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Mildred Barnes Bliss to Royall Tyler, March 29, 1929 [2]

3101 R Street
Washington, D.C.
March 29, 1929
Royall Tyler
, Esquire
Hambro’s Bank, Ltd.
41 Bishop’s Gate [sic]
London, E.C.2

Dearest Royall:

WiIl you cable us what you think of these? The Sassanian bust,This Sasanian bust was described as a fourteen-inch-high bronze bust of a Sasanian king, probably Shahpour I. The Blisses acquired the piece on May 4, 1929, but returned it to Joseph Brummer by June 1930. Joseph Brummer to Mildred Barnes Bliss, February 1, 1929, Byzantine Collection files, Brummer Gallery 1914–1938. See also letters of March 11, 1929; March 27, 1929; and April 11, 1929. of which I wrote, is very interesting but far from beautiful. The ‘apostle’s head’,This sculpted head has not been identified. In correspondence of Joseph Brummer to Mildred Barnes Bliss, March 18, 1929, this sculpture is described as: “Life size head in marble representing an Apostle. Early Christian period $6,200.” Byzantine Collection files, Brummer Gallery 1914–1938. according to Brummer, is late but fine. Our little friend—modest formerly—is now ‘echt’“Truly.” American in prices.

We are reconciled not to see the Berlin Exhibition,Probably “Ausstellung chinesischer Kunst,” at the Gesellschaft für Ostasiatische Kunst and the Preußischen Akademie der Künste, Berlin, January 12 to April 2, 1929. though we regret it. From all accounts, of which a good many have been received by now, it isn’t particularly instructive, though has many excellent pieces already known.

We have just visited here the collection of textiles owned by Mr. George Myers,George Hewitt Myers (1875–1957), an American forester, collector, and philanthropist who founded the Textile Museum in Washington, D.C., in 1925 with a collection of 275 rugs and 60 related textiles. Myers collected actively for the museum until his death in 1957, at which time the collection had grown to encompass the textile arts of Africa, Asia, and Latin America. who has excellent rugs, including four fragments of one of the most noble Ispahans I have seen, and a Coptic panel, about 5’ x 3’6, which is of great interest, beauty and, I imagine, rarity.This textile has not been identified.

The best thing that has happened to us in some time has been meeting Dr. and Mrs. Woolley of the Ur excavations.C. Leonard Woolley (1880–1960), a British archaeologist who excavated between 1922 and 1934 at the Sumerian city of Ur, an ancient tell located in what is today southern Iraq. The excavation was funded by the British Museum and the University of Pennsylvania Museum of Archaeology and Anthropology. The objects at the Pennsylvania MuseumAmong the famous objects from the Ur excavations at the University of Pennsylvania Museum of Archaeology and Anthropology are the Ram-Caught-in-the-Thicket, ca. 2650–2550 BCE, gold, silver, lapis lazuli, copper, shell, red limestone, and bitumen, 42.5 cm high, found in the “Great Death Pit” at Ur (30-12-702); and Lady Puabi’s jewelry (i.e., the headdress and earrings of the Lady Puabi, ca. 2650–2550 BCE, gold, lapis lazuli, and carnelian, 36 cm (height of comb), 2.7 cm (diameter of hair rings), and 11 cm (diameter of earrings) (B16992A, B17711A, B17712A, and B17708-10). will be shown us before we sail, and of course by now you have seen the ones at the British Museum. To us it is all new and of great excitement. The golden head of a bullGreat Lyre from the “King's Grave,” ca. 2650–2550 BCE, gold, silver, lapis lazuli, shell, bitumen, and wood, 35.6 cm (height of head) and 33 cm (height of plaque). and the fluted urnTumbler from the “King’s Grave,” ca. 2650–2550 BCE, silver and copper alloy electrum, 15.2 cm high. are top notch, and two little bas reliefsPossibly fragments from the stele of Ur-Nammu, i.e., “King before God,” stone (B16676.14). made us break all the commandments.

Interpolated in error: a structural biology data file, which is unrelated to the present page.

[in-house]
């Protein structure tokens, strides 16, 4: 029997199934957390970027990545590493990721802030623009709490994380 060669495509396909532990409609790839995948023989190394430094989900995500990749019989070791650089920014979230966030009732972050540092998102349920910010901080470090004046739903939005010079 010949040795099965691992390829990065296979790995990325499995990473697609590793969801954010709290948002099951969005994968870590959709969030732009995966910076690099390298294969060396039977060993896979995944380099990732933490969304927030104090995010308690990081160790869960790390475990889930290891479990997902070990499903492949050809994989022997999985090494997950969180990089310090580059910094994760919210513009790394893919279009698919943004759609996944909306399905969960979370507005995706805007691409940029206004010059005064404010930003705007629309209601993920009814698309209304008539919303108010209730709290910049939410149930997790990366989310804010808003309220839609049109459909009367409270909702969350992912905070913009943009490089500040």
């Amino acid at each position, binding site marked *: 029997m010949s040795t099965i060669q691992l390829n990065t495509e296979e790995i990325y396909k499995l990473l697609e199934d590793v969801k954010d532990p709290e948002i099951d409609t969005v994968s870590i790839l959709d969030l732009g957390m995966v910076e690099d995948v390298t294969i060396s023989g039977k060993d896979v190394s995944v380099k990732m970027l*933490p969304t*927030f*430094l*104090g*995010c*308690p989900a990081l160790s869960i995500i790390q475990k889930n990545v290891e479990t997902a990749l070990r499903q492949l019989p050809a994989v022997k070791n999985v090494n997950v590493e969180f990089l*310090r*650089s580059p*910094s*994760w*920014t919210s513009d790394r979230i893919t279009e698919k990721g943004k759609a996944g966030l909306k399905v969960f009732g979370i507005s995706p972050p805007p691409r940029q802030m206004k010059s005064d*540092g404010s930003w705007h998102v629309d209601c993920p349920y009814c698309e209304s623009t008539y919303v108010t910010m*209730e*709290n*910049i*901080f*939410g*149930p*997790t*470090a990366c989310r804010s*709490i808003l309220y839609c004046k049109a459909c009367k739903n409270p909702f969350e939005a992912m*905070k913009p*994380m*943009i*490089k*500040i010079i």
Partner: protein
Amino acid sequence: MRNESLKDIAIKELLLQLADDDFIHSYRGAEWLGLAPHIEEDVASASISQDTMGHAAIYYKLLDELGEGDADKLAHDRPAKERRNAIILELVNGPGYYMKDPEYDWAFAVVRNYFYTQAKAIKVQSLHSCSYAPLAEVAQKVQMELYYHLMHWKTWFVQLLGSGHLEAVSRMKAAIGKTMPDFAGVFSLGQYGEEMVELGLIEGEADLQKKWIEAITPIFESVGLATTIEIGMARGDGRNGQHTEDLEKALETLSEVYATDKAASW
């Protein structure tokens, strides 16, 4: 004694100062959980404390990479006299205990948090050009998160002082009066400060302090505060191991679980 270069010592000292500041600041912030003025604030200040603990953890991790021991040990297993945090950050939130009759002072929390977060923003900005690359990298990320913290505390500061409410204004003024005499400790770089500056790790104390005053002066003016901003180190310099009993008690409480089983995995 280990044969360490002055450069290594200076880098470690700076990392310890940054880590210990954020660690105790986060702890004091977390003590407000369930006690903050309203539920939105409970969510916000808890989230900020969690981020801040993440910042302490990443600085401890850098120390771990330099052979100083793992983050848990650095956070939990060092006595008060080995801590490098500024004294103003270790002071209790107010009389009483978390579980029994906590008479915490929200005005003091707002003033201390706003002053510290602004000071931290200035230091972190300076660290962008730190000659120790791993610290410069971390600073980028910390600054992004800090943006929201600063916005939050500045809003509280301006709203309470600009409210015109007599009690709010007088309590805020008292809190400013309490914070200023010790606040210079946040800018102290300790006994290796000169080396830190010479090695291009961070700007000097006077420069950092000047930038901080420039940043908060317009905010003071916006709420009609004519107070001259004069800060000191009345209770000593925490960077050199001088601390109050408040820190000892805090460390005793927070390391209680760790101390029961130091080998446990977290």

Thanks for your February 28th letter. I am sure you are right in what you say of Mallon. I am very curious indeed to know what turns up at Stora.

Thanks, too, for writing Mother and Mrs. McLeanMrs. Frederick Forrest (Kathleen Burke) Peabody, who married John Reginald McLean on March 2, 1929. He died in an automobile accident on March 11, 1929, on their honeymoon in Montecito, California. Anna Dorinda Barnes Bliss and Kathleen Burke McLean both made monetary contributions to the Tylers’ photographic reference library at Antigny-le-Château. McLean donated $500 on February 6, 1929. Bliss Papers, HUGFP 38.6, box. 2. such nice notes. They were both appreciated; but the latter came at a most tragic period for Mrs. McLean, whose husband was killed in a motor accident nine days after their marriage. She is literally shot to pieces, and twists one’s heart to think of. She is now in the south of France with a trained nurse, and means to come to Paris after our arrival, and is very anxious to meet you. She must be given a job which will take her thoughts off these last hideous weeks, and she is a really competent person. Sir William Tyrrell,William George Tyrrell, 1st Baron Tyrrell (1866–1947), a British diplomat and ambassador to France between 1928 and 1934. I think, has designs on getting her back into the fold, but before she becomes definitely enmeshed I want her to see Antigny, Pierce’s [sic] library, etc. It might be of mutual benefit.

Robert has just gone up to Philadelphia and Boston to try and extract funds for the Argentine enterprises. We shall have much to tell you on our return.

Best love to Elisina and Bill and to you, always, from us both.

Excuse brevity & aridity. The warmth lies between the lines!

[unsigned]

 
Associated Things: M. & R. Stora, Paris